Why Opioid Addicts Are Unable to Get Help They Need

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Playing The Barriers Preventing Addicts from Getting Potentially Life Saving Treatments

As America continues to deal with the COVID-19 pandemic, the opioid epidemic also continues to take lives, but there is a medication that can help but is not easily available.

Watch: Why Are Opioid Addicts Not Getting the Help They Need?

The Doctors examine how the FDA-approved treatment option Suboxone, also known as Buprenorphine, is not simple to prescribe and requires doctors to undergo extra training to be able to administer to their patients, and also limits the number of patients which the medication can be given to.

Jennifer, who lost her son Quincy to an opioid overdose, explains Quincy had to quit taking Buprenorphine when he continued treatment at a halfway house. She says the halfway house considered the liability of Buprenorphine too high and worried about it being sold, giving away, or misused. Jennifer lost her son 27 days after he left rehab to an overdose. She feels this issue could be remedied by the treatment being locked up or managed by someone other than the patient and feels her son not having access to the medication lead to his demise.

Addiction psychiatrist Dr. Carlos Tirado explains addiction is chronic and often involves relapsing. He says treatments like Buprenorphine can help someone battling an opioid addiction with issues like withdrawal sickness, mood issues, and possibly help return them to a stable life. He notes without access to these types of medications, recovery is just not possible for many people. Dr. Tirado, who can prescribe the medication, says he has found a great deal of success with Buprenorphine, but feels constrained by the rules regulating it.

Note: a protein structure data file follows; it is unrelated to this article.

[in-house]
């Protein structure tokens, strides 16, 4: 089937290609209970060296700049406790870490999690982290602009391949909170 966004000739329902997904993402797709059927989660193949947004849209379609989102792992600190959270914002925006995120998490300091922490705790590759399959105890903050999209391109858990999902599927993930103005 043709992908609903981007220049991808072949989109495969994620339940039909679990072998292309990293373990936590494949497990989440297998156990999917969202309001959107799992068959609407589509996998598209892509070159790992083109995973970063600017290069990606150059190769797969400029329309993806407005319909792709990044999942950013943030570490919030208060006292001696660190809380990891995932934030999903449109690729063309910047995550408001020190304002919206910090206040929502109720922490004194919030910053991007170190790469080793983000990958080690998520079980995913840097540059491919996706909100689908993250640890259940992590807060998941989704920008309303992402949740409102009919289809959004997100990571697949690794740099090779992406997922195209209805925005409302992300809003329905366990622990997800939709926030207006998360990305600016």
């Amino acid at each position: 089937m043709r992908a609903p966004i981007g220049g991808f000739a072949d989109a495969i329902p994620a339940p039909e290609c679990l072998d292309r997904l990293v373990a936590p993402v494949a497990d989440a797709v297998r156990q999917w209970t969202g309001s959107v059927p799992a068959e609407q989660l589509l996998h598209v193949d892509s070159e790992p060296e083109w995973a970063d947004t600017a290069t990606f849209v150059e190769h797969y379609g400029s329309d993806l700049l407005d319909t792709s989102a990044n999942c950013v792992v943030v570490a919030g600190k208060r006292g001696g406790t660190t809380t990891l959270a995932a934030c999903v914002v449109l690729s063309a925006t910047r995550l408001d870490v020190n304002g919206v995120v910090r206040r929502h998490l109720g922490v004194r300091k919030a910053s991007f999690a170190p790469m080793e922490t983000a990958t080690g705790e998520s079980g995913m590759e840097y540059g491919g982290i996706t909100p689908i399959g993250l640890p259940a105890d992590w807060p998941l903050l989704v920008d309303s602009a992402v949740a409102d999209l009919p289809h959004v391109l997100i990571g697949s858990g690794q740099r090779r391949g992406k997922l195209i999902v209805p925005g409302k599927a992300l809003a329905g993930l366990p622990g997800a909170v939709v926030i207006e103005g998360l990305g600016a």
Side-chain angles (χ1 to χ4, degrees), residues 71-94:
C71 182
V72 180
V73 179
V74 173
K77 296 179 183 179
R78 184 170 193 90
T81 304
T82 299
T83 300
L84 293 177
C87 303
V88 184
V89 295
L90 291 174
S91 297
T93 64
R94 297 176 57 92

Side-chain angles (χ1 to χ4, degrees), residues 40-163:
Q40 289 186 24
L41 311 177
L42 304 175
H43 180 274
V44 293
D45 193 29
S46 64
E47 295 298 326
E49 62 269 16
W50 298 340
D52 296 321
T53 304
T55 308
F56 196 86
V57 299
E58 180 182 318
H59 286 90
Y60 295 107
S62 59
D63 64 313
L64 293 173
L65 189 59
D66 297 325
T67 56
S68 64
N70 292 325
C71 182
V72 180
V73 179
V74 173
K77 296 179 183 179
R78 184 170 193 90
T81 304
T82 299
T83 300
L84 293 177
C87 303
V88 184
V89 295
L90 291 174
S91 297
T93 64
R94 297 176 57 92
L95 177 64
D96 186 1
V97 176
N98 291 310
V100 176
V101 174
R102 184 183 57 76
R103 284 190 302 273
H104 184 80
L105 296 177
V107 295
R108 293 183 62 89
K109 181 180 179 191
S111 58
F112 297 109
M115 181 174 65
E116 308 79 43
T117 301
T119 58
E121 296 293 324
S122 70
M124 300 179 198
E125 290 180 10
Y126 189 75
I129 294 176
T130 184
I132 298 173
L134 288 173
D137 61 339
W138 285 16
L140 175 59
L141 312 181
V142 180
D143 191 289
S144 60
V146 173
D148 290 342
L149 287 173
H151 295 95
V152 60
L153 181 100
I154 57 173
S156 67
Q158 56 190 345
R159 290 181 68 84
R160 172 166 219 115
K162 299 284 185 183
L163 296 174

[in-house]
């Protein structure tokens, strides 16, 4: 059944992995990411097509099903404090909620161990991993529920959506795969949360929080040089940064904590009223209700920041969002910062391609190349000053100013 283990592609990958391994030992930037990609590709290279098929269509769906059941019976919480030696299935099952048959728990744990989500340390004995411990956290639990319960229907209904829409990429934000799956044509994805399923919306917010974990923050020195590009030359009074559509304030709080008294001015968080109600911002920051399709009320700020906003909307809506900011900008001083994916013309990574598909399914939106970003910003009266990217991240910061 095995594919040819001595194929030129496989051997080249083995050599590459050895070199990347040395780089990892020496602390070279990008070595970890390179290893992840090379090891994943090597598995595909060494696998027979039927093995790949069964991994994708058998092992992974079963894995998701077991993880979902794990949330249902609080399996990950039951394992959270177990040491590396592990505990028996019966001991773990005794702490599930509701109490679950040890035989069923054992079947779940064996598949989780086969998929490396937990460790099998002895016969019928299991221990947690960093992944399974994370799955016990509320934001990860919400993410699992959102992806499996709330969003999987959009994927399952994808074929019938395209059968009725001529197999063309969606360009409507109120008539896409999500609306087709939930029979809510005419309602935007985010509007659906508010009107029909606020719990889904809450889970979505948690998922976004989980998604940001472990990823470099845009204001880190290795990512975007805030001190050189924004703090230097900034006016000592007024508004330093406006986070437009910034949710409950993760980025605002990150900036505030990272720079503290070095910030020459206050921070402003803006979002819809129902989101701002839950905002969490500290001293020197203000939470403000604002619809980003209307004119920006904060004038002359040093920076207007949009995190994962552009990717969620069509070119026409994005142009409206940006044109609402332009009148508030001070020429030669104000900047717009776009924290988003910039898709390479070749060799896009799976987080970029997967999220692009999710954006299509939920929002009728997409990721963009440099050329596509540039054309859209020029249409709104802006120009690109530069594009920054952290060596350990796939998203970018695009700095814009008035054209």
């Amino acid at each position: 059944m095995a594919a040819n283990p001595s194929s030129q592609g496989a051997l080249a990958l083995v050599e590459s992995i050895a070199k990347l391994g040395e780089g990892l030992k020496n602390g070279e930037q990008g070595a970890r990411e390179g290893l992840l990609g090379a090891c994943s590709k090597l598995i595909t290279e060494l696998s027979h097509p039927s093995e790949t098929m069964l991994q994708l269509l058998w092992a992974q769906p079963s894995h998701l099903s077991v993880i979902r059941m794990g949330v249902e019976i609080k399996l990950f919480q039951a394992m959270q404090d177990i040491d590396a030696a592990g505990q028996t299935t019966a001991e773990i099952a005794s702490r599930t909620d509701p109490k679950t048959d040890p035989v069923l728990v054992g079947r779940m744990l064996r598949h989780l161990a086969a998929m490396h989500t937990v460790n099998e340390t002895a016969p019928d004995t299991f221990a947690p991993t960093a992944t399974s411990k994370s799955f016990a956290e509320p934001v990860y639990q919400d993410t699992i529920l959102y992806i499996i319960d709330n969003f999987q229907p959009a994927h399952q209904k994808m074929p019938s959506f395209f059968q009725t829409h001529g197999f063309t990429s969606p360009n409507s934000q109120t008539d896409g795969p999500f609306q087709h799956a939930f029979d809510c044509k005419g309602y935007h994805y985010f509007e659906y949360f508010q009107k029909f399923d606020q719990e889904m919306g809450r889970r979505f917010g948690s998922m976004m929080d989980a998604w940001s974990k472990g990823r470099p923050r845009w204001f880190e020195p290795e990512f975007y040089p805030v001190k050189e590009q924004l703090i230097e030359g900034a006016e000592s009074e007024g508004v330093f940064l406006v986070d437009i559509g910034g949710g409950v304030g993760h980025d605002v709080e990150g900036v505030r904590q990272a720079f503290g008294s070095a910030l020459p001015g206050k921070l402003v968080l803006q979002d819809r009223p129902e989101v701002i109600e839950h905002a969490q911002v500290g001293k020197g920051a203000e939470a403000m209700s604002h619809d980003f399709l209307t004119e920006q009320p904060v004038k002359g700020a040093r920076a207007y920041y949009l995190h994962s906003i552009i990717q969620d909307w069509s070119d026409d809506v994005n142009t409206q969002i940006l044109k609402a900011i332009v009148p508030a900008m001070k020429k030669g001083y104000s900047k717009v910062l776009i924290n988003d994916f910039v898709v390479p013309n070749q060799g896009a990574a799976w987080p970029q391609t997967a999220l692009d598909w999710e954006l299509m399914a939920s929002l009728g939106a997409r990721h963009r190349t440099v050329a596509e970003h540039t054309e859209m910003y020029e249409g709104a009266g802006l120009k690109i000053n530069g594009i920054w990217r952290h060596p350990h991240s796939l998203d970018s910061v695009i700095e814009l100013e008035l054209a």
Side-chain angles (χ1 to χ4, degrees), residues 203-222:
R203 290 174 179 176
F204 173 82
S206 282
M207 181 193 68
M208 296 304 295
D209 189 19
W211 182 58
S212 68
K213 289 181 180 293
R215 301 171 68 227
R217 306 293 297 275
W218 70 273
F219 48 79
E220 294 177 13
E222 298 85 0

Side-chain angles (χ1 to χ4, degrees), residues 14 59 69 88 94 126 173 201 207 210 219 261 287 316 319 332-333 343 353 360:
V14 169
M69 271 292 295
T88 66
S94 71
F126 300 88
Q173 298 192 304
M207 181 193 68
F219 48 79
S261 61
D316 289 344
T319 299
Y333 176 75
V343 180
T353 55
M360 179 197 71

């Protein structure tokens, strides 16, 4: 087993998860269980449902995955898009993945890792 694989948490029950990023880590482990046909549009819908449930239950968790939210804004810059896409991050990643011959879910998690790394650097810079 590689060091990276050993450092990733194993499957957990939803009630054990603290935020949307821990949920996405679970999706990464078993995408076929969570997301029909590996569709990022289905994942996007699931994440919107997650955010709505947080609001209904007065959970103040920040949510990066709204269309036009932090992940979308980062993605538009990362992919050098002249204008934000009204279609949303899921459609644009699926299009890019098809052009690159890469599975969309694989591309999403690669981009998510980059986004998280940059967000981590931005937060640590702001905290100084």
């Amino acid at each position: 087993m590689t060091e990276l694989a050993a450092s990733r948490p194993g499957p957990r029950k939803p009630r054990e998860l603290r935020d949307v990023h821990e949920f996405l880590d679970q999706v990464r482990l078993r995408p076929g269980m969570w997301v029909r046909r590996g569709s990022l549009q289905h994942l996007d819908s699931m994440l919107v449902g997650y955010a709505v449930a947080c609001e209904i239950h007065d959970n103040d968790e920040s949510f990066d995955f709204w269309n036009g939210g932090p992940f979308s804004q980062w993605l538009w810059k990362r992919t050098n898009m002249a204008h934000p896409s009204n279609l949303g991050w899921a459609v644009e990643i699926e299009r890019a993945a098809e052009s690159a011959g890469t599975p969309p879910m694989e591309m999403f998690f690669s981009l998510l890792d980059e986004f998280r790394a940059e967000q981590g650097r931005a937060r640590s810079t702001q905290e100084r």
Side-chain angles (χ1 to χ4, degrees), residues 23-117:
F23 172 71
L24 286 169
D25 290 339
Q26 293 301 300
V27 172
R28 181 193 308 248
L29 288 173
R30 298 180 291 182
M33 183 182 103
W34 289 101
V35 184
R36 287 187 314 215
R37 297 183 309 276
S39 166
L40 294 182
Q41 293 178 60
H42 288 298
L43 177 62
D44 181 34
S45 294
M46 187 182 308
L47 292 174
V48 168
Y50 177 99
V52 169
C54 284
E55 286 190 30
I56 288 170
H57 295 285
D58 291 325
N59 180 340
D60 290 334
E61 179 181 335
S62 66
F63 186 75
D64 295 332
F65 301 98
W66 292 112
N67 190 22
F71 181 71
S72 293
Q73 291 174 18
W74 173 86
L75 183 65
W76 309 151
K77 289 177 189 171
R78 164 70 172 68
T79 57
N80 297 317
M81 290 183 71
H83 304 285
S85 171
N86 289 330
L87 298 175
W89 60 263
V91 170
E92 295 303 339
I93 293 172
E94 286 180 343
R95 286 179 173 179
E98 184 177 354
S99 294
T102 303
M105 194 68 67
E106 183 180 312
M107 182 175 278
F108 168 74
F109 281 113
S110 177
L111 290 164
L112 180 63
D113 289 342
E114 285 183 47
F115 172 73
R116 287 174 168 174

Jennifer is advocating for easier access to the medication and says she is dedicating her life to make it more available to those battling opioid addiction. "The restraints on it are nonsensical. They don't even make any sense at all. They are not helping the people they are meant to help" she tells us.

Watch: The Best Foods to Help Your Mental Health

Dr. Tirado calls for wider education about opioid addiction, how to best treat it, and calls for more medical workers to be able to offer these medications to people in need without regulatory burdens.

In the video below, The Doctors meet David, who shares that he started using heroin at 16 and he tells us Buprenorphine has saved his life. More resources on opioid addiction can be found here.

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